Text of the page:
While impressive it was almost too big and quite difficult to see the whole thing, especially when the event is so busy. The effect wasn’t helped by the inclement weather, I’m sure it would have looked better against a beautiful blue sky!
Also from BMW were a couple of examples of their ‘Art Cars’. I must confess to not knowing much about these before but they were great. Introduced by French driver and auctioneer Hervé Poulin, the first one was commissioned in 1975 when American artist Alexander Calder painted the BMW 3.0 CSL that Poulain would race at Le Mans. Many famous artists have been involved including David Hockney, Frank Stella (below), Roy Lichtenstein (below) and Andy Warhol.
Out and about in the paddocks and on the hill were a few gems. Perennial favourite the 1991 rotary engined Le Mans Mazda 787B, affectionately known as the Argyll Sock due to it’s distinctive paintwork.Some amazing 1930’s Mercedes Streamliners, very difficult to photograph. We popped into the Preview on the Bonhams Auction. This 1948 Aston Martin DB Team Car was one of the star lots. After a distinguished racing career the car was waiting for restoration when it was stolen from a garden in 2002. It was ‘found’ and returned to the original owner’s descendants recently and fetched £679,100 at the auction.A charity auction was held for this unique British Pop Art Bentley, this unique Continental GT V8 S Convertible was a collaboration between Bentley Motors and the godfather of British Pop Art, Sir Peter Blake. It raised £250,000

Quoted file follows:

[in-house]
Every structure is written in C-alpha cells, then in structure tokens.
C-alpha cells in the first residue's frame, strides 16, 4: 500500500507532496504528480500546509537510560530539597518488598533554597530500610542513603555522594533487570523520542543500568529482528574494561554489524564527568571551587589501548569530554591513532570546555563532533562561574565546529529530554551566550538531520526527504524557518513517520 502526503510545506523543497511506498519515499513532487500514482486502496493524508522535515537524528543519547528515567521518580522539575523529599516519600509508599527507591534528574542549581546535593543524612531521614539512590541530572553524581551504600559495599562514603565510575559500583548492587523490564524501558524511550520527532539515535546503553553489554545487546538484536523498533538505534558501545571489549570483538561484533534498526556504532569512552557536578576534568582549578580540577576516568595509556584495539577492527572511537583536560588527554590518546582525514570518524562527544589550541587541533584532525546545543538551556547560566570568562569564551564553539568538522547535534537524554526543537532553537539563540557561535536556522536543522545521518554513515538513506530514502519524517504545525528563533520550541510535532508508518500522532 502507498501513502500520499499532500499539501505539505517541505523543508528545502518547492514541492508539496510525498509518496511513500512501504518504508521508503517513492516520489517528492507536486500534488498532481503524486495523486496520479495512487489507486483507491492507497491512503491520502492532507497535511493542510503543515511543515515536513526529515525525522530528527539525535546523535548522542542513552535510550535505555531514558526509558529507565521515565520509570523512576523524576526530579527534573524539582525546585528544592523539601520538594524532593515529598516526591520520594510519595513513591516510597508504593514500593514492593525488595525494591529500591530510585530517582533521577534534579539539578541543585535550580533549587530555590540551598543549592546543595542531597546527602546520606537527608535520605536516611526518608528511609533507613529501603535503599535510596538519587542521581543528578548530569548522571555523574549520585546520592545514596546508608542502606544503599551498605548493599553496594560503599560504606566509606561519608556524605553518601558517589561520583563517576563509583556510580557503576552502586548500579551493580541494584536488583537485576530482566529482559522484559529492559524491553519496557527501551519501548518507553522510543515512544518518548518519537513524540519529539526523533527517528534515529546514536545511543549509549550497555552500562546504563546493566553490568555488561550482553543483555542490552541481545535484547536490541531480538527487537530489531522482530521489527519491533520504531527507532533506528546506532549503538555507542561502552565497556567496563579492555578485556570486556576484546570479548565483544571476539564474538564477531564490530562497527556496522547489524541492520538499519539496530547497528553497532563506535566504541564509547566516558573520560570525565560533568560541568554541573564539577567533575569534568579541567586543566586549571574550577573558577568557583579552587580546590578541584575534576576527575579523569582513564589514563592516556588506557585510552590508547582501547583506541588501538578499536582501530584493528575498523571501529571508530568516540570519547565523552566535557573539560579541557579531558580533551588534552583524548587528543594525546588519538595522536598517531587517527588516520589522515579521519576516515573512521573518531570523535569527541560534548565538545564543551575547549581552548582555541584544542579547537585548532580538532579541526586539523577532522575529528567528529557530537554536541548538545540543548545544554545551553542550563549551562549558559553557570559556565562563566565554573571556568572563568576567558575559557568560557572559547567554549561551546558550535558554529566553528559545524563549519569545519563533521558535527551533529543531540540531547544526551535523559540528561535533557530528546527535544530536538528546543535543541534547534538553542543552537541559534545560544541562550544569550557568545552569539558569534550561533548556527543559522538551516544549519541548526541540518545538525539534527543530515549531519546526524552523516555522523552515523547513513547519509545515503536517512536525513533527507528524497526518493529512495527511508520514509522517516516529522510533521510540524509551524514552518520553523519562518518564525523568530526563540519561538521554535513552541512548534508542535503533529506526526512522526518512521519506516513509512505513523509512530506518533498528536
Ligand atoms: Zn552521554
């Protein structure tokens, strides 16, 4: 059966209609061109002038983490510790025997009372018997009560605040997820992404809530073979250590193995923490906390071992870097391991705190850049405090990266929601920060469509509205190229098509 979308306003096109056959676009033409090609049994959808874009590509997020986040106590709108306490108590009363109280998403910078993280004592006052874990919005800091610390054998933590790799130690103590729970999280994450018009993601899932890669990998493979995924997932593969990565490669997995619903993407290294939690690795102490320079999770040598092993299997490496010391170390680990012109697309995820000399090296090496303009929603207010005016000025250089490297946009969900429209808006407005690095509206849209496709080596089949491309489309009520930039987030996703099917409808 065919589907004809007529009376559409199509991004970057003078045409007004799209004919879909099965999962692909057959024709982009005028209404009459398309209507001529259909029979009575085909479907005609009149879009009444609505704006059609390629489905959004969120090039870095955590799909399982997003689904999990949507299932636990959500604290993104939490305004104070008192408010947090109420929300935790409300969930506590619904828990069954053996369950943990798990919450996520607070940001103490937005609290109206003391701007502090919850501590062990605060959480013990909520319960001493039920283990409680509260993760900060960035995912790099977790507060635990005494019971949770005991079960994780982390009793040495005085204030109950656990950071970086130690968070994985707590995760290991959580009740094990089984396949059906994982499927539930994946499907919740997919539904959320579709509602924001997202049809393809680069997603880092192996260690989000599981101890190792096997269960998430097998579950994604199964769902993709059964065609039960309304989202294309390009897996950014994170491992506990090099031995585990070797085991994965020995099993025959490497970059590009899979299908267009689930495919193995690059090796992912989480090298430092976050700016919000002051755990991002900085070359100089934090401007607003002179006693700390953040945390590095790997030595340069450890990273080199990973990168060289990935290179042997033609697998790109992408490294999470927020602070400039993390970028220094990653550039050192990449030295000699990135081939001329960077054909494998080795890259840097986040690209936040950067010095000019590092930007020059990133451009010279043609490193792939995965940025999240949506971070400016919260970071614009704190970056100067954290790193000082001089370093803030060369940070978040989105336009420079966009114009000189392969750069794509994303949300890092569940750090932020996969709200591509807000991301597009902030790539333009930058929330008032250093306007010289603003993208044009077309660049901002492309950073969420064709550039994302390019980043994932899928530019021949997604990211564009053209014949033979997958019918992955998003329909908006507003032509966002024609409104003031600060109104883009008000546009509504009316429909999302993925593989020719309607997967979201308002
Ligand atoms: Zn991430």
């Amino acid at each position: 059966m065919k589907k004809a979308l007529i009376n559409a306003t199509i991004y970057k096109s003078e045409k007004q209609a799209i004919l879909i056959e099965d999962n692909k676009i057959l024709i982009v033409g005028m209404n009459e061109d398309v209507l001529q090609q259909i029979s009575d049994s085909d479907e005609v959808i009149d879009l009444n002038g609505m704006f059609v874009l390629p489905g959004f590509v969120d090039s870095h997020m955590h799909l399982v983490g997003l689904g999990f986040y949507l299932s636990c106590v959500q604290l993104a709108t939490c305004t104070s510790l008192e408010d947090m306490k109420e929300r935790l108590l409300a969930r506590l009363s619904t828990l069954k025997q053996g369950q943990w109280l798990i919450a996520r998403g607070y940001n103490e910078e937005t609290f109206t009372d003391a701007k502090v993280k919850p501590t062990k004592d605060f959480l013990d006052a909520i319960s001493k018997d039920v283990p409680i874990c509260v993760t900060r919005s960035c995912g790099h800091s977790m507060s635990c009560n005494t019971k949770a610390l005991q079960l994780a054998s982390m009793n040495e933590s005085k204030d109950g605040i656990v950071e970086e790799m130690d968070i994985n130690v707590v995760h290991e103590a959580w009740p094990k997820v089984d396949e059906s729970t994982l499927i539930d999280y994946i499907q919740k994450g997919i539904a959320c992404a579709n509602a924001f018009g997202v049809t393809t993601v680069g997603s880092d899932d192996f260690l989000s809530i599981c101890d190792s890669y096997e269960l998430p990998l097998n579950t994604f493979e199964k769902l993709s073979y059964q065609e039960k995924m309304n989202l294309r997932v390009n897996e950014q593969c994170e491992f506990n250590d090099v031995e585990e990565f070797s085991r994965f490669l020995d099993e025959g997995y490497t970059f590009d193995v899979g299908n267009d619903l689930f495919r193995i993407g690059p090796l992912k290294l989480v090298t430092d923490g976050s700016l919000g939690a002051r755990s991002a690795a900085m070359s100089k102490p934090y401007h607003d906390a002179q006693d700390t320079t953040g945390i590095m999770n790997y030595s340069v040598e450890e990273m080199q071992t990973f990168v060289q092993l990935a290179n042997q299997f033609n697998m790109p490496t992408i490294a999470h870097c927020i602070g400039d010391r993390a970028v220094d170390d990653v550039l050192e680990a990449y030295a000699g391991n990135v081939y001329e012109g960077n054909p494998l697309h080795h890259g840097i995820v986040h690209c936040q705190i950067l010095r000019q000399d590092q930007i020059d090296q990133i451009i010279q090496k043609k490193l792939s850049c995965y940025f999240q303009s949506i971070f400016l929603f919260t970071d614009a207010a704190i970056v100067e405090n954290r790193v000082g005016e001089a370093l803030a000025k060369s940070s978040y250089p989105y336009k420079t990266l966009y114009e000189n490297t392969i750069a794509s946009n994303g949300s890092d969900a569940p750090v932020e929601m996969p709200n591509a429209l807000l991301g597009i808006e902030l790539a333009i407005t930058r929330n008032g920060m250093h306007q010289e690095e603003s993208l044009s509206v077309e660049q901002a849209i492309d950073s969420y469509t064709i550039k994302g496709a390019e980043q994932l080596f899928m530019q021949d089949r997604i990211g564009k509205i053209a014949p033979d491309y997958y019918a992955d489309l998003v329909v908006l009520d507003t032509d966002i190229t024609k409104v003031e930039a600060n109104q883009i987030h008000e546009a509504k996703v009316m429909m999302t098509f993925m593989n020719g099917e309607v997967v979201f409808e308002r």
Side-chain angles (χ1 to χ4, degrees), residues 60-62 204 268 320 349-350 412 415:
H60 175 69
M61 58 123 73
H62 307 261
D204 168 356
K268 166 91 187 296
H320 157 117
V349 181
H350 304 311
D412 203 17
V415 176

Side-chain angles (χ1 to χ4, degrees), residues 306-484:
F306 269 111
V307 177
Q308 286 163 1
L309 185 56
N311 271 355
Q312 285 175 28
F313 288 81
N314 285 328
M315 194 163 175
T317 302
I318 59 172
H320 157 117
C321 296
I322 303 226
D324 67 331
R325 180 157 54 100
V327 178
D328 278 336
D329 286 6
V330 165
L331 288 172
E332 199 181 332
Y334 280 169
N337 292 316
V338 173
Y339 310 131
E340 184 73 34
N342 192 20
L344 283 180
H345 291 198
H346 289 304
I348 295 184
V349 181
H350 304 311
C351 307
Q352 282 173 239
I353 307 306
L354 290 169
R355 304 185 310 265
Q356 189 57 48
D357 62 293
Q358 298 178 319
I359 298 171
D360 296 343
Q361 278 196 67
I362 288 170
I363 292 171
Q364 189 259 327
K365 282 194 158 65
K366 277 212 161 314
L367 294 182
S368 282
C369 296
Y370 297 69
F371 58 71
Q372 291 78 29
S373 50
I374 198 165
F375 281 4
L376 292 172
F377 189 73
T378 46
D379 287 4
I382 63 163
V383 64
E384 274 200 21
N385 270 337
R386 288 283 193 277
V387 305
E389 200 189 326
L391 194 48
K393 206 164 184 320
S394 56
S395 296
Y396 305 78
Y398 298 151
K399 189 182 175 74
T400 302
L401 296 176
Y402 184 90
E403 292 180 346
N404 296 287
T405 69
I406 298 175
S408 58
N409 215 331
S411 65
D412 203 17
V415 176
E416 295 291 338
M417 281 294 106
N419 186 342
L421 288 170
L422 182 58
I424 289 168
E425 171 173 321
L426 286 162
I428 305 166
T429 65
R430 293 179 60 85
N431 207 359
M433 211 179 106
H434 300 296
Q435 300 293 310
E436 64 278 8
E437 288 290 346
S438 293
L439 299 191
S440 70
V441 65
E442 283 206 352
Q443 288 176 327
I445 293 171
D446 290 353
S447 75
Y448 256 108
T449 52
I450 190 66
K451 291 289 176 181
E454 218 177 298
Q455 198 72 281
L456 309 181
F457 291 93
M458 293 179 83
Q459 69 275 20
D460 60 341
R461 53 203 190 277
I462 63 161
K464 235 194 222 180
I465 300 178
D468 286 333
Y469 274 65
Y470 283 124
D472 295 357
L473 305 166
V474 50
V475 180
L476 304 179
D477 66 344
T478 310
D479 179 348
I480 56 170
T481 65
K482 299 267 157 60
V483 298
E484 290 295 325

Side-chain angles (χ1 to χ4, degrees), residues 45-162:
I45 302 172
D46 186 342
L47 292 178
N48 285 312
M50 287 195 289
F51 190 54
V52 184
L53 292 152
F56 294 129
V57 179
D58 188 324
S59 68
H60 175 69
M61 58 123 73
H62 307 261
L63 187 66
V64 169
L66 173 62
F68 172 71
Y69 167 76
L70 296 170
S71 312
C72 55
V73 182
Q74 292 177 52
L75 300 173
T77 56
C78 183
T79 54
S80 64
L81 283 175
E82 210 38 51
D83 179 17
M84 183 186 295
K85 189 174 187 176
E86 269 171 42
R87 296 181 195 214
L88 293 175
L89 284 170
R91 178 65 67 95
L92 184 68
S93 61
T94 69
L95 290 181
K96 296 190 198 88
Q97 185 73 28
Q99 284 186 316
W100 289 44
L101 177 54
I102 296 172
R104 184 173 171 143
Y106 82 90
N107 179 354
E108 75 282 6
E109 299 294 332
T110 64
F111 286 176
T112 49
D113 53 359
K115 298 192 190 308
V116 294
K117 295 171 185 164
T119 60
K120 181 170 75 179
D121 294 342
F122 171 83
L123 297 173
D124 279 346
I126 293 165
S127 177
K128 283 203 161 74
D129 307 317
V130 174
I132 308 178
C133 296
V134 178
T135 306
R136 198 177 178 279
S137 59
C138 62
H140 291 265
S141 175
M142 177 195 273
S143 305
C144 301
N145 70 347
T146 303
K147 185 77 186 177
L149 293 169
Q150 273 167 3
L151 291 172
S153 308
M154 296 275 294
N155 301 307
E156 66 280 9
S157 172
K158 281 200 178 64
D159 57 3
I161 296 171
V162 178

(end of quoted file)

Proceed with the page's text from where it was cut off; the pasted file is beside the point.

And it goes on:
Advertising a future sale this amazing 1929 Megola 640cc Touring Bike has a front wheel mounted engine. The bike is part of an extraordinary collection owned by the late Robert White which are being auctioned to raise money to create a new cancer treatment centre. As you will know we are not awfully fond of Supercars but I did quite like the look of the new Bugatti Chiron, the successor to the Veyron. Loved the way the chrome door surrounds reflected the ‘C’ in the logo, although I suspect the car was designed first and the name and logo came second! The Aston Martin Vulcan also created quite a lot of interest. This year the bikes were quite interesting. The totally mad Puma Gulf drag bike can go from 0 to 235mph in 5.8 seconds but couldn’t show that performance on the winding hill climb course. Filmstar Keanu Reeves created quite a stir riding the rather strange looking Arch KRGT-1 bike made by his own company. Unfortunately we never got to see the Yamaha ‘Triple’ on the track – a drag racer powered by three twin-cylinder engines.Once again a star of the weekend was the magnificent ‘Beast of Turin’. The fiat S76 is huge and it’s massive engine spits flames. Even better the owner drives it to Goodwood from his home. One of the best stands at the Festival was Honda which was a ‘perfect’ full size reproduction of the classic 1970’s Fisher Price Toy garage. The Mercedes F1 car made a great ‘picture’ on the wall. We also had the rather surreal experience of seeing Nico Rosberg being interviewed – he’s the tiny figure on the right of the huge on-screen image.
It wouldn’t be the Festival of Speed without an impressive firework display and they didn’t disappoint.
Maybe FoS 2016 wasn’t a classic but we still had an enjoyable couple of days and saw some interesting stuff. So roll on September and the Revival – Mario is all signed up for taxi duties and is looking forward to meeting up with friends old and new.